This series of blogs looks at the future of banking in Growth Markets in a post-COVID-19 world.

We saw in the previous blogs that every bank can be mapped on our DMI-CRI matrix, with each falling into one of three segments:

  • Disrupt for Growth
  • Digitise for Efficiency and Agility
  • Restructure to Survive
A Digital Push

In this blog, I will outline the strategies that banks in the second segment – Digitise for Efficiency and Agility – should employ in order to emerge stronger and better-positioned for a post-pandemic world.

While banks in the second segment score in the medium- to high range when it comes to COVID-19 resiliency, they lag the leaders on the digital curve. To drive improved financial and market performance, these banks need to initiate or accelerate their transformation into a truly digital bank – which we define as a data-driven and agile organisation obsessed with the customer experience, while leveraging intelligent operations and future-ready systems to drive profitable top-line growth.

I understand that this is a mouthful and might seem to be a form of consulting buzzword-bingo, so let me take these one-by-one.

Over the past five years, non-financial services digital unicorns (like Uber and Airbnb) have led the way in dramatically improving their end-to-end (E2E) customer experience. Rightly, customers now have the same high expectations of their banks. To meet that, banks must reinvent their customer journeys from the ground up, and do so through the customer experience lens that puts the customer at the heart of the design process, and then use that lens to simplify, eliminate and digitise journeys and products.

Increasingly this also means becoming a data-driven bank that uses internal data, external data, analytics and artificial intelligence (AI) to predict when and where a customer will look to interact with the bank (via any channel), proactively engage with customers digitally to surprise and delight them, and/or understand the drivers of those journeys in order to eliminate complexity.

An example of this in action is the work Accenture did with Vodafone in the UK to deliver intelligent care – where, together, we were able to increase digital channel usage by 26 percent, eliminate 1.5 million calls to the call centre and improve customer satisfaction. Another example is our Digital Signal to Sales asset that combines external data-sets and our AI models to identify Zero Moments of Truth sales leads for every digital citizen or small business in a particular market.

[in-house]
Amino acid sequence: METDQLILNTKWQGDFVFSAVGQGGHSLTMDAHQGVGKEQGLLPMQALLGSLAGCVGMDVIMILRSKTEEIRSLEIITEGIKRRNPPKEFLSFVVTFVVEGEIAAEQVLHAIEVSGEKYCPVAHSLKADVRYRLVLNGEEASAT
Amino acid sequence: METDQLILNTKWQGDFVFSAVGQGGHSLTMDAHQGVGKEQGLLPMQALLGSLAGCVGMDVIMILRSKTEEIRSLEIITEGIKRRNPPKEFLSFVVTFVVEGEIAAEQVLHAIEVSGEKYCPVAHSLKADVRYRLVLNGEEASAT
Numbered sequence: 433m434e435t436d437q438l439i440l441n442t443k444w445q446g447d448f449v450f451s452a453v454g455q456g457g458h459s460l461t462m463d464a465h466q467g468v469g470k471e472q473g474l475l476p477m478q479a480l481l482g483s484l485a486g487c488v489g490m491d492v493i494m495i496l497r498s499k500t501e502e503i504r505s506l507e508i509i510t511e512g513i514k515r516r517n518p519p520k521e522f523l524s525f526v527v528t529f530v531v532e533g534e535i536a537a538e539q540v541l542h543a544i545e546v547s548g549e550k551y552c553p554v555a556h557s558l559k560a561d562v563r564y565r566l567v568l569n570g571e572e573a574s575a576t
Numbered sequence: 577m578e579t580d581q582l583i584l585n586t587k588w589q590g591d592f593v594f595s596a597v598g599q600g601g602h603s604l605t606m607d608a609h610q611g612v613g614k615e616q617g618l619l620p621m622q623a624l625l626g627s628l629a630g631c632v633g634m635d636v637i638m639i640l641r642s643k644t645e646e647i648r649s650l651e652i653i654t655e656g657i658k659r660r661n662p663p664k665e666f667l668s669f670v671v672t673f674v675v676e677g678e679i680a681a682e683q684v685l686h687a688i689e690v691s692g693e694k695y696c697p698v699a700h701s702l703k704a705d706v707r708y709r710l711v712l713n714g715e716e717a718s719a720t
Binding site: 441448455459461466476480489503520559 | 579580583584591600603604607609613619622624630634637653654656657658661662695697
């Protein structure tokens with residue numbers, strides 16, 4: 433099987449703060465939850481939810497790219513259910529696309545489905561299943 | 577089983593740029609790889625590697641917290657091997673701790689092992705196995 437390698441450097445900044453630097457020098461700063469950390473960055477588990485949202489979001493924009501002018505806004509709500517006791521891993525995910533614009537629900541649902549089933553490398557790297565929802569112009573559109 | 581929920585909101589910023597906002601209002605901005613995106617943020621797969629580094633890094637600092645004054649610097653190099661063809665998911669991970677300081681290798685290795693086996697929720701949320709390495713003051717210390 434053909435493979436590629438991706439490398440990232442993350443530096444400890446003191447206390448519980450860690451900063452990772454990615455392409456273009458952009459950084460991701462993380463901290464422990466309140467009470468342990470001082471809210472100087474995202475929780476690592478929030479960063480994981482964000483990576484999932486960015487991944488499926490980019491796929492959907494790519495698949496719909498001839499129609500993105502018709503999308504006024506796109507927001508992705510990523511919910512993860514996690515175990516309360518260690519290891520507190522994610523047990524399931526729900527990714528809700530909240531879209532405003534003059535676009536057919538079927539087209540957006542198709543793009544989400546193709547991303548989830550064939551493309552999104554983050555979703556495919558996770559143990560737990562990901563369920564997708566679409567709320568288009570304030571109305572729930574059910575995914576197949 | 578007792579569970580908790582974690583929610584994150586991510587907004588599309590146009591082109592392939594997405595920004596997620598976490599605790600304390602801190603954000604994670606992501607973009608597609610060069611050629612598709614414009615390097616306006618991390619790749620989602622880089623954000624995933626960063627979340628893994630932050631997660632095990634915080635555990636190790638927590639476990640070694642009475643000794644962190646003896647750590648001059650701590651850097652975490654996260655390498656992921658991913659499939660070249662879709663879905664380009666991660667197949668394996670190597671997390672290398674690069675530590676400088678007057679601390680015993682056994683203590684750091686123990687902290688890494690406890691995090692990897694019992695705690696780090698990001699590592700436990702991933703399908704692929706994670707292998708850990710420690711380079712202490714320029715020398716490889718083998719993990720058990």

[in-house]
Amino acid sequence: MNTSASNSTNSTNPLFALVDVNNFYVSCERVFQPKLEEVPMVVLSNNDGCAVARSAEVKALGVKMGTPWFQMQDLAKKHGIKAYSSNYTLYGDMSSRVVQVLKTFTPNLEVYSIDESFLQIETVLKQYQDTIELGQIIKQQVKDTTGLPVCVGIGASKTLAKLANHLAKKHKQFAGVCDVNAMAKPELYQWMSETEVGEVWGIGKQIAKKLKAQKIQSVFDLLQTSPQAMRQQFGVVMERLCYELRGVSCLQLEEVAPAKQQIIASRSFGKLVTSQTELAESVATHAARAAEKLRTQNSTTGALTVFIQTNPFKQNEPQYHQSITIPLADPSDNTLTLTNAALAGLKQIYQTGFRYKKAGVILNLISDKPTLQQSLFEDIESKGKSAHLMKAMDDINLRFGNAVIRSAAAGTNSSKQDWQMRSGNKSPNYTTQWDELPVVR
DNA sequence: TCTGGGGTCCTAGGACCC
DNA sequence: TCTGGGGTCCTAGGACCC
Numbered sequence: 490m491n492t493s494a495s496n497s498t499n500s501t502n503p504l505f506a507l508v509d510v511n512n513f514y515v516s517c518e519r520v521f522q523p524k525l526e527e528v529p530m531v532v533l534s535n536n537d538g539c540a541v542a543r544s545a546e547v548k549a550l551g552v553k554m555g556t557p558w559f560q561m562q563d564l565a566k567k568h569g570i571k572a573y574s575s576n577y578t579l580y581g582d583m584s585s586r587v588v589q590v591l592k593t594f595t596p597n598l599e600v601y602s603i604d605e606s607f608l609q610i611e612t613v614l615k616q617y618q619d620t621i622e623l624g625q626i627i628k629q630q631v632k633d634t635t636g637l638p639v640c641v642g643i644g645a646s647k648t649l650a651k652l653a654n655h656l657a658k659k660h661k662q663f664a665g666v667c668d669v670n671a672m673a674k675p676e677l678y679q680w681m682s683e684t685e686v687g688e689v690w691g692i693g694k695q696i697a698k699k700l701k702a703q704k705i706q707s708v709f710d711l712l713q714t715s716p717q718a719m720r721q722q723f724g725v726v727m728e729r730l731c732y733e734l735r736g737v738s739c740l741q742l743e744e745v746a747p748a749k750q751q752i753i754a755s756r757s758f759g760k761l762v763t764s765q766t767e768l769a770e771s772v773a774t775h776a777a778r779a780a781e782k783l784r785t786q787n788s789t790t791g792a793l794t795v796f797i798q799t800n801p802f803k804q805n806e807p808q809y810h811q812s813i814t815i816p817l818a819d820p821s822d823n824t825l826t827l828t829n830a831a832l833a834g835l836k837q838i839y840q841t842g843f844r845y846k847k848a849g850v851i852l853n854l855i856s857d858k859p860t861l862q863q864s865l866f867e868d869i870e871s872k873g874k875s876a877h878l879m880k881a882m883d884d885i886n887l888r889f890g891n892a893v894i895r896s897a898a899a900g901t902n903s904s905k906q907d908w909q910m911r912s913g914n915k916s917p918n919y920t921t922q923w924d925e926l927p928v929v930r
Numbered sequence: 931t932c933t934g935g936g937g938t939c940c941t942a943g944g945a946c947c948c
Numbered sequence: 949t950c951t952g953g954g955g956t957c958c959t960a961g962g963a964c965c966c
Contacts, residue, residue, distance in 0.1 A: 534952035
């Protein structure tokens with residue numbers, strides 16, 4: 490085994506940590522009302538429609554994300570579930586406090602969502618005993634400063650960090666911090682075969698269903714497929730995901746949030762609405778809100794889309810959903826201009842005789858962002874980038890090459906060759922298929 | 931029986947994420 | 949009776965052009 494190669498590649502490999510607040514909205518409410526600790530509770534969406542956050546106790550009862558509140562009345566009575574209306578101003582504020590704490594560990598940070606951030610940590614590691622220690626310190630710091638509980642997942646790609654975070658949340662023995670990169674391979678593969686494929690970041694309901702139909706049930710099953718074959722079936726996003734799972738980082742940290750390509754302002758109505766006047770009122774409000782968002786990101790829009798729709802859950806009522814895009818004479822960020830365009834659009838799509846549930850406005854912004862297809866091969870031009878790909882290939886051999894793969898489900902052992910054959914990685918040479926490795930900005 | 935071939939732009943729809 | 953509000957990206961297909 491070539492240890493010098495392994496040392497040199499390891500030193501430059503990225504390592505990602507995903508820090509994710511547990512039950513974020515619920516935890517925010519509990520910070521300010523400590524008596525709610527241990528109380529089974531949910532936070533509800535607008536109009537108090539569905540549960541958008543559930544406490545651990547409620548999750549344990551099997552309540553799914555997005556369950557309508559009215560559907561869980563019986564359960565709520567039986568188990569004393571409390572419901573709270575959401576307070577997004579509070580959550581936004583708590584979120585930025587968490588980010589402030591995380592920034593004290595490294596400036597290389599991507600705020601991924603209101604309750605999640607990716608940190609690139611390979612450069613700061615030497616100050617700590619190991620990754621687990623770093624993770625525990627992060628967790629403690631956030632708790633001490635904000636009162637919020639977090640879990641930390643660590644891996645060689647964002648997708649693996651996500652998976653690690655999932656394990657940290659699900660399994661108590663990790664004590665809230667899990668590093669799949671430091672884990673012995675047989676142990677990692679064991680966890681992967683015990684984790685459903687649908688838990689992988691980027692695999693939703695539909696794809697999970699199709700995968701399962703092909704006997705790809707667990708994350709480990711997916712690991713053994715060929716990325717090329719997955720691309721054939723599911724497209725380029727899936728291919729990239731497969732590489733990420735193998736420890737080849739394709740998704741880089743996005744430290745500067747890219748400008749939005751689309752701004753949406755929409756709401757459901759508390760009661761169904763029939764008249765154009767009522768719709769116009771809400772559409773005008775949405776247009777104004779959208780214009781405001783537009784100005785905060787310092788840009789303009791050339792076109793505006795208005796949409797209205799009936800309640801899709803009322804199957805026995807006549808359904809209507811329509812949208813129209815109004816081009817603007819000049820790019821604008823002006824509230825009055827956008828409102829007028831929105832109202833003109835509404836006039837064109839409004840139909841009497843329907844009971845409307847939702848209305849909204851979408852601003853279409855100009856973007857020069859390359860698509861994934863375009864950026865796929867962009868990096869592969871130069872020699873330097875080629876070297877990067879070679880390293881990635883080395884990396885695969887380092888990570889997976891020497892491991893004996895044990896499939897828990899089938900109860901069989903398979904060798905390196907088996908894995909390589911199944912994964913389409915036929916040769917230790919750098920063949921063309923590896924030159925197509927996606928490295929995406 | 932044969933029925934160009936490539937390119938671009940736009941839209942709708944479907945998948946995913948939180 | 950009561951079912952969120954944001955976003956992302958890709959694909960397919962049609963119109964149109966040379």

Next is agility – and this requires much more than applying technological fixes. True business agility is an organisation-wide approach that involves assessing processes, structures, governance and service innovation to ensure the firm builds the capability to be agile. In that way, it can respond to situations fast and deliver solutions; it can adapt its structure and culture; it can innovate and disrupt markets; and it can become a learning organisation. Developing an agile mindset and practices, then, is crucial. This can be done from any starting point – even in the context of a regulated industry. Our Enterprise Agility in Financial Services report has more on this.

Banks should also apply internally these principles of customer experience, a data-driven approach and agility to enable intelligent operations, which dramatically uplift their operational ability and efficiency. Here, banks should remember the importance of metrics, because, as the saying goes: If you can’t measure it, you can’t improve it. In the digital economy, that means measuring for elements that fall outside the traditional scope, and looking to digital leaders for inspiration. Famously, Singapore’s DBS introduced GANDALF as representative of the companies against which it wished to benchmark its digital performance.[1]

Finally, it’s critical that banks have a clear approach to eliminate their legacy technology debt and achieve future-ready systems – particularly in the areas of journey to cloud, core modernisation and the future IT workforce delivery. Given the importance of this topic, and with this post clocking in at 700 words, I’ll leave that for my next blog.

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Disclaimer: This document is intended for general informational purposes only and does not take into account the reader’s specific circumstances, and may not reflect the most current developments. Accenture disclaims, to the fullest extent permitted by applicable law, any and all liability for the accuracy and completeness of the information in this presentation and for any acts or omissions made based on such information. Accenture does not provide legal, regulatory, audit, or tax advice. Readers are responsible for obtaining such advice from their own legal counsel or other licensed professionals.

[1] GANDALF – Google, Amazon, Netflix, DBS, Apple, LinkedIn, Facebook.

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